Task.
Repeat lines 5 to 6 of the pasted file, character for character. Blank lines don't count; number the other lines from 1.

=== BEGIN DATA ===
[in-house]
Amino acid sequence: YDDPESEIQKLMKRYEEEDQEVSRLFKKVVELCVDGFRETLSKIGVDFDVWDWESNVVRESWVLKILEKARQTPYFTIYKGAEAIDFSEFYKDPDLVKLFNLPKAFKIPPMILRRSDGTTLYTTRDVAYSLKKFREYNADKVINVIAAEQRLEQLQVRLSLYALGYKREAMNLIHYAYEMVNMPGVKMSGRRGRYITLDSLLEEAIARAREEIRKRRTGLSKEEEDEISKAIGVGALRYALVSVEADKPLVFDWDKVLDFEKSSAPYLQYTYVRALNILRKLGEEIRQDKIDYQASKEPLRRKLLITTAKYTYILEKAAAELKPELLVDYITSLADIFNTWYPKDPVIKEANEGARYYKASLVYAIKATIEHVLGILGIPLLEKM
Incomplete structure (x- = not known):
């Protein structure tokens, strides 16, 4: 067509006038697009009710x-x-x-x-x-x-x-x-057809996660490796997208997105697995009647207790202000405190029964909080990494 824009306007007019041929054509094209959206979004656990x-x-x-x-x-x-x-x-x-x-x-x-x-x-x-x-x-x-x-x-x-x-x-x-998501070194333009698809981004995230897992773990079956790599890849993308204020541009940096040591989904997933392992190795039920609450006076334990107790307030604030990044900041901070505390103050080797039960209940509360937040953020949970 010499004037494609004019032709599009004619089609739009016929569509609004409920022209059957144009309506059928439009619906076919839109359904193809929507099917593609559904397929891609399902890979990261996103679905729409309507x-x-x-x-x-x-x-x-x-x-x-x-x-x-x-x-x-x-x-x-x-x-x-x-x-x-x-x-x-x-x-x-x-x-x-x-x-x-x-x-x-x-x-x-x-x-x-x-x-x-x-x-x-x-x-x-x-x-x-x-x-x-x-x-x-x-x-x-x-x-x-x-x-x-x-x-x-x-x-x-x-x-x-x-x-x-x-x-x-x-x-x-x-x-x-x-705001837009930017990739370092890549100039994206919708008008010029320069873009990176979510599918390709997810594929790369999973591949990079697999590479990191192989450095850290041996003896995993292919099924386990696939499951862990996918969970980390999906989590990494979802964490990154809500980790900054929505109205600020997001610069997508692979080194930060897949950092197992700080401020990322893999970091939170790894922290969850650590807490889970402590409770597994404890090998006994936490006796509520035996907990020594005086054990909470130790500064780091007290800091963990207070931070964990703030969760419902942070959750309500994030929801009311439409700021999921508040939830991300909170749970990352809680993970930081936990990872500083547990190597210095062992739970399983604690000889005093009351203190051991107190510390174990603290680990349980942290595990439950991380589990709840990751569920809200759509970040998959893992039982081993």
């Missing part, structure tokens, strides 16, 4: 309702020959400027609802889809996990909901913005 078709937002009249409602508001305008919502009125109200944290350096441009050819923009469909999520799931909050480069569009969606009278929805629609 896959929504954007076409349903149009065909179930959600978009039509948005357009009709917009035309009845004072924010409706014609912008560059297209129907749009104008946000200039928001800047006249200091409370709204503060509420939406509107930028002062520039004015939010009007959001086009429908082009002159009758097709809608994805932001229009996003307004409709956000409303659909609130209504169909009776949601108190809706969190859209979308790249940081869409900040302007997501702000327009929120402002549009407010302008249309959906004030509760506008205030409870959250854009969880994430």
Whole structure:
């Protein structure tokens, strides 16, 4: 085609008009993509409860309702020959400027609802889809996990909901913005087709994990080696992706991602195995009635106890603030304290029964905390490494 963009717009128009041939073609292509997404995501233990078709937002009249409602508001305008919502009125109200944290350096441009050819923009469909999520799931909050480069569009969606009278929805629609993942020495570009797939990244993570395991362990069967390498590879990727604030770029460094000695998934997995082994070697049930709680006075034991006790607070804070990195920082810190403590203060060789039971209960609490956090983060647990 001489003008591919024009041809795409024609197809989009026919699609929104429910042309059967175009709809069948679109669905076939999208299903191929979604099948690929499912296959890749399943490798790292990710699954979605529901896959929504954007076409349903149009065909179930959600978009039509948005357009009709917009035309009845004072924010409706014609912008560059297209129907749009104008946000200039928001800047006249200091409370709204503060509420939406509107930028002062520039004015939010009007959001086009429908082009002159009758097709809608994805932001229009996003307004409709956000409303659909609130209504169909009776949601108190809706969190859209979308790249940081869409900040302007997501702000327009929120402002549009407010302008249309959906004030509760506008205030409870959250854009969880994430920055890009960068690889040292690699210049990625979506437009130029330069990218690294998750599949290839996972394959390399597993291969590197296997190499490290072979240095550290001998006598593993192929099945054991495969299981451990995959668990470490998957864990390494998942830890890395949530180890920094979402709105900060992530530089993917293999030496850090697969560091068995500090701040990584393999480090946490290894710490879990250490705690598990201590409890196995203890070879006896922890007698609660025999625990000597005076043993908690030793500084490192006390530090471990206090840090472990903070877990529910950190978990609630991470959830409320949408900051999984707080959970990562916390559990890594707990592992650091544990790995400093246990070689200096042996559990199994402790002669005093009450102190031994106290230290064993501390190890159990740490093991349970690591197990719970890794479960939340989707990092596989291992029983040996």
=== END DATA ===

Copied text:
């Missing part, structure tokens, strides 16, 4: 309702020959400027609802889809996990909901913005 078709937002009249409602508001305008919502009125109200944290350096441009050819923009469909999520799931909050480069569009969606009278929805629609 896959929504954007076409349903149009065909179930959600978009039509948005357009009709917009035309009845004072924010409706014609912008560059297209129907749009104008946000200039928001800047006249200091409370709204503060509420939406509107930028002062520039004015939010009007959001086009429908082009002159009758097709809608994805932001229009996003307004409709956000409303659909609130209504169909009776949601108190809706969190859209979308790249940081869409900040302007997501702000327009929120402002549009407010302008249309959906004030509760506008205030409870959250854009969880994430």
Whole structure: